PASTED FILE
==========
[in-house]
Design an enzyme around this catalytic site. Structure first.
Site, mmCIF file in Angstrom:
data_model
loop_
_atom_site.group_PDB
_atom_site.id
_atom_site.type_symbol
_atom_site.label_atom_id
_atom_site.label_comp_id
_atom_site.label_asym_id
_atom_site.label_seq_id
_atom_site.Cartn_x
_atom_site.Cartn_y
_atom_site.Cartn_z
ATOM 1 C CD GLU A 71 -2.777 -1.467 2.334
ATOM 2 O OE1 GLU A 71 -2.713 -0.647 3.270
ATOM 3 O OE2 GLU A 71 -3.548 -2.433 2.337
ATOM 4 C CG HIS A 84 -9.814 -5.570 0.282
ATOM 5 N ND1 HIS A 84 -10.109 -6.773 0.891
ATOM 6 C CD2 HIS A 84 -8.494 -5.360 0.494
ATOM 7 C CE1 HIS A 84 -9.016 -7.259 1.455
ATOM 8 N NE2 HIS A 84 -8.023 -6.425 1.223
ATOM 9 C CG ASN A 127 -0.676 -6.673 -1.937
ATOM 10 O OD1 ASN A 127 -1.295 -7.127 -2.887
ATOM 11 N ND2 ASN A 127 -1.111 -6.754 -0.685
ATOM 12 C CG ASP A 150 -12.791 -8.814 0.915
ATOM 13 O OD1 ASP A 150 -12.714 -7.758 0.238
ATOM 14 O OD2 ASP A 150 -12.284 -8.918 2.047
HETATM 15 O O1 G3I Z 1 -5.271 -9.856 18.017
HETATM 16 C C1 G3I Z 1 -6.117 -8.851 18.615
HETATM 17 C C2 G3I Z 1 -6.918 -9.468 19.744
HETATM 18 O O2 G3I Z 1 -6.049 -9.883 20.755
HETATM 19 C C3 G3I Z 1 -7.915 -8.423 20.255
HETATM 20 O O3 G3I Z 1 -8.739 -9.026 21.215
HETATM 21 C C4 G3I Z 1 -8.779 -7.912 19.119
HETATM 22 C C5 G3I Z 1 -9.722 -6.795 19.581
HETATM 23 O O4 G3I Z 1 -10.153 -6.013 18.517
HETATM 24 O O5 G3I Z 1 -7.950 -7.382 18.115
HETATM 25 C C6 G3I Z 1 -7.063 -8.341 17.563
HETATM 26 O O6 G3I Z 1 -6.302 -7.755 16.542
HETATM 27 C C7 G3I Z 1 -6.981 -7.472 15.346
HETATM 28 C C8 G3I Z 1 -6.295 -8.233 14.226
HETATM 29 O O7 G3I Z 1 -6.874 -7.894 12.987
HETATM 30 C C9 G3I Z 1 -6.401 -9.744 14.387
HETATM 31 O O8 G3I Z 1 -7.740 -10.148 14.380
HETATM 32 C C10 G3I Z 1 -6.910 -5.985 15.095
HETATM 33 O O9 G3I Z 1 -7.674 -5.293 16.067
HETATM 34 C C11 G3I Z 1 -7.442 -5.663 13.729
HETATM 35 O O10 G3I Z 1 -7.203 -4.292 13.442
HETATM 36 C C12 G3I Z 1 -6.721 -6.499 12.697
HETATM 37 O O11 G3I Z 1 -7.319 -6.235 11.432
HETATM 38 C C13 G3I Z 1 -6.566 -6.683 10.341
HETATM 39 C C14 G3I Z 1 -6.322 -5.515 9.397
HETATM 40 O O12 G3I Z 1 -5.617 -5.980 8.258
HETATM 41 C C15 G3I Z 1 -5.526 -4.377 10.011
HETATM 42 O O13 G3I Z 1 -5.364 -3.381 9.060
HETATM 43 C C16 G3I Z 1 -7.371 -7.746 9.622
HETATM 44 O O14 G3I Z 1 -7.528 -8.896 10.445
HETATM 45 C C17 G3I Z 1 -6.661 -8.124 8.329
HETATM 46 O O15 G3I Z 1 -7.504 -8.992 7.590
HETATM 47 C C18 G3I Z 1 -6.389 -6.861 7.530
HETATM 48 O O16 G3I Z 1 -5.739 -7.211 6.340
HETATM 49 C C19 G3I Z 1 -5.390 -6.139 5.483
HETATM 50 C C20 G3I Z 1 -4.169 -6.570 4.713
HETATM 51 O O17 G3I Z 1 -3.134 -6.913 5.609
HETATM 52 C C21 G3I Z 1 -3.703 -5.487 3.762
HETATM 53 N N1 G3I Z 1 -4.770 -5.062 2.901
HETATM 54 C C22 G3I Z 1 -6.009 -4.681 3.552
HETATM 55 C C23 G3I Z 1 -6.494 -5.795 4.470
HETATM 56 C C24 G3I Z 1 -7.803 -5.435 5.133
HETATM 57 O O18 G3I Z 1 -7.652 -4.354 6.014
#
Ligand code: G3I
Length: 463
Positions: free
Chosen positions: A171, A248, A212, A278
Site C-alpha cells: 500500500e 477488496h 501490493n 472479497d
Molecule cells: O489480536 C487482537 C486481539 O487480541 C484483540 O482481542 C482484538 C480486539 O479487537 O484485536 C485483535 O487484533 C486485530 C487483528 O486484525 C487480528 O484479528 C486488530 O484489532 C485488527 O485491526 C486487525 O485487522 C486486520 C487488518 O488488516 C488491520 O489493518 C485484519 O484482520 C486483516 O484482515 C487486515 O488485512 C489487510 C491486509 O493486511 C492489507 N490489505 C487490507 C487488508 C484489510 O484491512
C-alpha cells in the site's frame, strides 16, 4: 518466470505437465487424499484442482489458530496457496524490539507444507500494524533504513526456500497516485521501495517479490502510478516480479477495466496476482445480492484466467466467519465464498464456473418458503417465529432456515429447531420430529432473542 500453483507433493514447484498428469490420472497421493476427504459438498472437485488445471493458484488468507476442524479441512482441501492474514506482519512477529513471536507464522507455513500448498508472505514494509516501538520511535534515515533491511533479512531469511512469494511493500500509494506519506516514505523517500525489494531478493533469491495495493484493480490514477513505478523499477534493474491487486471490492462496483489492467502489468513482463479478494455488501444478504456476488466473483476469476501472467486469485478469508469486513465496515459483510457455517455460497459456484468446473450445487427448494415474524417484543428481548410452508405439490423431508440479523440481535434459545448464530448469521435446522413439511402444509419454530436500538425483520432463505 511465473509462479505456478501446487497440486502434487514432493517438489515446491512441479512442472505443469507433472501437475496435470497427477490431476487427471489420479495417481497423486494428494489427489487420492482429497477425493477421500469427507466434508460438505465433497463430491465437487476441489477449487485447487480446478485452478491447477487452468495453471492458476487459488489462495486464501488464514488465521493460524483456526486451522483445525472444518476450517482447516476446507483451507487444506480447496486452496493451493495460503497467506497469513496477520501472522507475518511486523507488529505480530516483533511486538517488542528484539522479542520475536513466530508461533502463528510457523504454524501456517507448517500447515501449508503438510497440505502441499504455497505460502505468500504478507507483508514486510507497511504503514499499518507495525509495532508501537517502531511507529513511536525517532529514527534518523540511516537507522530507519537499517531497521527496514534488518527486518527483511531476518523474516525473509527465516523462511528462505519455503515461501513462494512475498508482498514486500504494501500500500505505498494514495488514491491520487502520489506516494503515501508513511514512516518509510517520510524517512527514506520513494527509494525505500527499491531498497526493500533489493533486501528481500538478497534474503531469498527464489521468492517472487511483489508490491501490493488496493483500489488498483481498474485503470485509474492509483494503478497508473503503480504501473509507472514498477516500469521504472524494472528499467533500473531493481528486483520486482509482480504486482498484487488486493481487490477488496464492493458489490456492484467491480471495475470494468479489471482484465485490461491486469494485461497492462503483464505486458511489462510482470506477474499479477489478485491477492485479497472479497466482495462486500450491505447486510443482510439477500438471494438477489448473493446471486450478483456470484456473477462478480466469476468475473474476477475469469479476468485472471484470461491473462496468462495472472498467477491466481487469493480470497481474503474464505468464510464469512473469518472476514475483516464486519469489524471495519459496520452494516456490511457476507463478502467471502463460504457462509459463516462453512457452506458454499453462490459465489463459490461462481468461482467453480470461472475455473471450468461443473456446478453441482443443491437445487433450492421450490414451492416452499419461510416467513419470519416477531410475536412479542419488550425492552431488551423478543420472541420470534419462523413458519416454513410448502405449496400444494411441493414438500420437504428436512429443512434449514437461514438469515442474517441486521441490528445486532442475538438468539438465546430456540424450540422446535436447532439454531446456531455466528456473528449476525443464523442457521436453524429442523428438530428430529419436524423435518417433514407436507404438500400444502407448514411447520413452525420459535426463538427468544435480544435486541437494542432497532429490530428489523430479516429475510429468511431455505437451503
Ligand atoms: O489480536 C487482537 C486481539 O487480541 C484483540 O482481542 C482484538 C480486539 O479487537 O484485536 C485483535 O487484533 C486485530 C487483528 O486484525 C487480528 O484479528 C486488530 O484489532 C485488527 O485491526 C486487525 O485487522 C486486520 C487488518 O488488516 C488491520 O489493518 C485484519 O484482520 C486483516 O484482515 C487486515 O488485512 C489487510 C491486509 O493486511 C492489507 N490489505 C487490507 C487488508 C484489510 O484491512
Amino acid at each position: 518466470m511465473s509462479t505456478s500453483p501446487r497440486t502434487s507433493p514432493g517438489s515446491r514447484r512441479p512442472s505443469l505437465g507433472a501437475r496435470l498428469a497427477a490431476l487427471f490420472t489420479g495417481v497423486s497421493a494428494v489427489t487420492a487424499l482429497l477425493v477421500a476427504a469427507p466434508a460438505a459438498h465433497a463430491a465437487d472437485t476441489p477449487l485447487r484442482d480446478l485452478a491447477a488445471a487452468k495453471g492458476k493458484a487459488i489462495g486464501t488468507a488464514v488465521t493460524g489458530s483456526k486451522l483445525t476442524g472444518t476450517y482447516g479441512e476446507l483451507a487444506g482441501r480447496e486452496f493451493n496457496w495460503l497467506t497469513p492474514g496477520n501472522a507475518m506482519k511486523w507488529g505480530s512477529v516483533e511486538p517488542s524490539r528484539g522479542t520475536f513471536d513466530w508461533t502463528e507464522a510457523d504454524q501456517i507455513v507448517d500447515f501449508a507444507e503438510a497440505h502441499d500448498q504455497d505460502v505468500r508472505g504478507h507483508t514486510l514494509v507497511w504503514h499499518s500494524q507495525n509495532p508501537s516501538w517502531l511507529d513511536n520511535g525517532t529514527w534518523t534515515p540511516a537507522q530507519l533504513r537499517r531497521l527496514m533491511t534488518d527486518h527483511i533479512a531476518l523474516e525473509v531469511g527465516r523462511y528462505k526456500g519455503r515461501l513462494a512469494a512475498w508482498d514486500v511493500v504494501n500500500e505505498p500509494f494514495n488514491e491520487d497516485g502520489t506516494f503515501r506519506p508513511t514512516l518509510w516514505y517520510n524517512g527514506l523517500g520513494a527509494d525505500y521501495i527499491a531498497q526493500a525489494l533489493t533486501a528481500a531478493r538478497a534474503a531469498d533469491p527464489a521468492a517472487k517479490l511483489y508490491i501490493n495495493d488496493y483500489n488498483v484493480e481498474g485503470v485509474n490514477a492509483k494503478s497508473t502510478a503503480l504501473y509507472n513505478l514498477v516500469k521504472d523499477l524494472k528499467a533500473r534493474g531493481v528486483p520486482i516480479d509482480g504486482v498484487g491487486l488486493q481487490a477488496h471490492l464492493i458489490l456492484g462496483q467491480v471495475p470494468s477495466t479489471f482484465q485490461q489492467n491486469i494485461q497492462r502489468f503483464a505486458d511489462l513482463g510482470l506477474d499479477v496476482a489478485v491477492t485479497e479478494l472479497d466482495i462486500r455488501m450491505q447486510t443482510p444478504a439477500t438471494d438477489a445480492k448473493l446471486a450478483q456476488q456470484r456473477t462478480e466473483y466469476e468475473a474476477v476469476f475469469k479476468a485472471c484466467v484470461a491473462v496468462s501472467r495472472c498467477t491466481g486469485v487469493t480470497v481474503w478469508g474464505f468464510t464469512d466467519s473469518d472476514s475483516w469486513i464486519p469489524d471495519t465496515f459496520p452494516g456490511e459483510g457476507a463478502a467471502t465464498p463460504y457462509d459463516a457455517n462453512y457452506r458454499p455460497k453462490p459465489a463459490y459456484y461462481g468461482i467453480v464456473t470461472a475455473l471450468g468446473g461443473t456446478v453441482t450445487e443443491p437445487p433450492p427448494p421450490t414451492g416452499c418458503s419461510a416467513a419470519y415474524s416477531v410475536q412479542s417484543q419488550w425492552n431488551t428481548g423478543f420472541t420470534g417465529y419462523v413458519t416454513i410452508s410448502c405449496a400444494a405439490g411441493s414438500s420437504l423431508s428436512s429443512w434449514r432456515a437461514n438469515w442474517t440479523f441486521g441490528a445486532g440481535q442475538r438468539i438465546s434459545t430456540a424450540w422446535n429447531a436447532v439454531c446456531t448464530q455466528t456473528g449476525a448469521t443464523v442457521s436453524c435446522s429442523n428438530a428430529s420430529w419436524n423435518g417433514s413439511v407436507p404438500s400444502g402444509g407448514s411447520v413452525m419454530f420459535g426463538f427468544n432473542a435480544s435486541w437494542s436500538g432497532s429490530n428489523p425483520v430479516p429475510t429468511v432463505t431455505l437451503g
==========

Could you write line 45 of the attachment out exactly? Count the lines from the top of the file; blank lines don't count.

HETATM 30 C C9 G3I Z 1 -6.401 -9.744 14.387